Its name is apt, as is the snow imagery. It’s like the centre of a Tunnocks snowball. A beer of light joy.

Carlsberg Hvede (Denmark: Hefeweizen: 5.8% ABV)

Visual: mix of light red amber gold and a light frothy head

Nose: cane sugar, light hops

Body: Apricot, sugar cane, bitter undercurrents, sour berries

Finish: hops, dark bitter cherries

Conclusion: Carlsberg have done good: this is a premium drink, sweet and rich but with a nice mix of fruit sugary sweetness and surprising slight sourness. A beer to go with ripe fruit and white meat. Well worth it

BONUS EXTRA TASTING! Carlsberg Standard – Live From Denmark!

Visual: Light but not overly fizzy

Nose: You have to dip it so far in its wet before you notice anything

Body: Water. Though occasionally you may notice the slightest hops trying to swim its way out of this watery prison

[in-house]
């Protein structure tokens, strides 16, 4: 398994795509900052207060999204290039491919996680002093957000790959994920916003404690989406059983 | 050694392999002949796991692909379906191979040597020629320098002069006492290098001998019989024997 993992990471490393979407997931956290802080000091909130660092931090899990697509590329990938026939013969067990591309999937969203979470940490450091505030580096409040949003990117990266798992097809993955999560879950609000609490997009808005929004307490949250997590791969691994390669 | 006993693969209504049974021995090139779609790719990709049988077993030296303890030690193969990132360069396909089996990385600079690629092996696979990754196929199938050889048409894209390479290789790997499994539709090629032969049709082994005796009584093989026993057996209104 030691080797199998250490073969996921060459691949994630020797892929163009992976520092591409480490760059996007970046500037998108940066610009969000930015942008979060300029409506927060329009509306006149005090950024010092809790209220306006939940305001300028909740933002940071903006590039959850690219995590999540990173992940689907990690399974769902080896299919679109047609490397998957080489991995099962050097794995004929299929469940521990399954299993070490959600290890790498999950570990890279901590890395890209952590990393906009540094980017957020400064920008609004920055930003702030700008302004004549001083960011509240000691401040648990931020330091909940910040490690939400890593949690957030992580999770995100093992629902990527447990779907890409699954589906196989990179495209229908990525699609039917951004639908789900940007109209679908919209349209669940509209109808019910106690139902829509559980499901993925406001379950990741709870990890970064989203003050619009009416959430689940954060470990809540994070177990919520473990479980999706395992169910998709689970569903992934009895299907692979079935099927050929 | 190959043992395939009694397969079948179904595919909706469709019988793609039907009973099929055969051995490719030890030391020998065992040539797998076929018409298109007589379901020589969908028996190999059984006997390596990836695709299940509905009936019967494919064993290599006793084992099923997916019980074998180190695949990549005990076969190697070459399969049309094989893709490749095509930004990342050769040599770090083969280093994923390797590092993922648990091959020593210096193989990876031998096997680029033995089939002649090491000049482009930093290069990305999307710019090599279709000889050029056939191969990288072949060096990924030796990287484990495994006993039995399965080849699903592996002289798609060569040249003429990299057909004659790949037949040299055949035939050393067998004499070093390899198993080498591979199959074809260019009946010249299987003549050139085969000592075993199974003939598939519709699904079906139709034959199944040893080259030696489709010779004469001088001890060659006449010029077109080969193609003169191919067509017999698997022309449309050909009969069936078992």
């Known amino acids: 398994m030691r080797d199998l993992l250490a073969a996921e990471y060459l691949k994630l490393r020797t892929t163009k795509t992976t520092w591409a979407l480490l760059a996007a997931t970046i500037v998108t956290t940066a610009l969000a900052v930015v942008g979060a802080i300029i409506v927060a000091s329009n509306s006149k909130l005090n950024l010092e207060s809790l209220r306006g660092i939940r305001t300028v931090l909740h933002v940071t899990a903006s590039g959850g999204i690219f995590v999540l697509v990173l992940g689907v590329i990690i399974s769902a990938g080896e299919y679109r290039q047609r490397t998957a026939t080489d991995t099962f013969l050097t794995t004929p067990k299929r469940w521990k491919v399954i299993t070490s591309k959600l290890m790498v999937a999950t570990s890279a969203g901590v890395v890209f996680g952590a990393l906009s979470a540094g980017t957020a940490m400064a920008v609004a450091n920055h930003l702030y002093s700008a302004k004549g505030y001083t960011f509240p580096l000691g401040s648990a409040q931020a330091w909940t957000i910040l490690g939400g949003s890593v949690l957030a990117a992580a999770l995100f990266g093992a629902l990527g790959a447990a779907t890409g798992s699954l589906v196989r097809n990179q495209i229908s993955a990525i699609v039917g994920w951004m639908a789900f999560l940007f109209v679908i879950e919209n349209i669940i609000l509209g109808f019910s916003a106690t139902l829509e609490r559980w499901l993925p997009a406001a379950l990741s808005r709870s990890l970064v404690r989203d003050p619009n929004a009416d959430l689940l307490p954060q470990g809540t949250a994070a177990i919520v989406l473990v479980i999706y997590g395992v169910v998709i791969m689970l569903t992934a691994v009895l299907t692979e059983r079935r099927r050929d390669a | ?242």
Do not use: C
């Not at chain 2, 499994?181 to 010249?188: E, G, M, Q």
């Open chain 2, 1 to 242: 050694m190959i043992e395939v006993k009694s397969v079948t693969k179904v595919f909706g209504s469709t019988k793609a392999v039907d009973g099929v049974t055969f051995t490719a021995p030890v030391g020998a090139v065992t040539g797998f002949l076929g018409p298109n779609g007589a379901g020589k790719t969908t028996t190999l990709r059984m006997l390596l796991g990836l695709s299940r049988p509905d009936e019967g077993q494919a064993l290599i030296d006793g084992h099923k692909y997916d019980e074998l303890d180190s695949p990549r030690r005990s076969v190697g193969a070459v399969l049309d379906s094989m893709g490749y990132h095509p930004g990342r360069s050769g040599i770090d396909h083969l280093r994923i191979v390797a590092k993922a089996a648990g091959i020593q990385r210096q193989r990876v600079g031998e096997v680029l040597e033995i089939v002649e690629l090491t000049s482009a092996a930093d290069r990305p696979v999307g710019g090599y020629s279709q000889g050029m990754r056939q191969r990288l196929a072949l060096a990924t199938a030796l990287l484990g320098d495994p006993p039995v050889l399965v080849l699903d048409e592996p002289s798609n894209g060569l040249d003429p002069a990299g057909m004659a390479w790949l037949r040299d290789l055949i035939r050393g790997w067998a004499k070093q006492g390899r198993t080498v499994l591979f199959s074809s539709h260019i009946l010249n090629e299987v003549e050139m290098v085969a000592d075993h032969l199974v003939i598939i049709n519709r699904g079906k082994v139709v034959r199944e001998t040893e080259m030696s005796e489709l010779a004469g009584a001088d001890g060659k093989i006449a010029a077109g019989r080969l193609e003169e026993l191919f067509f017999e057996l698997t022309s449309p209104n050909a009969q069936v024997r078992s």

Finish: It does yes

Conclusion: Carlsberg do also do a range of bottled water in Denmark, I presume it’s the same as this but with the artificial colouring taken out.

Konig Ludwig Weissbier (Germany: Hefeweizen: 5.5% ABV)

(Note: According to ratebeer this is an alias of Prinzregent Luitpold Weissbier Hell)

Visual: Orange brown, light and cloudy. Thin light orange head

Nose: Fresh fruit, citrus, orange and grapefruit

Body: Sweetness, wheat, orange and bananas

Finish: Slight sour lime, refreshing crisp and very slightly tart. Orange peel

Conclusion: light and refreshing, a lovely range of fruit flavours. Finish stays slightly too long after a pint but apart from that an excellent summer drink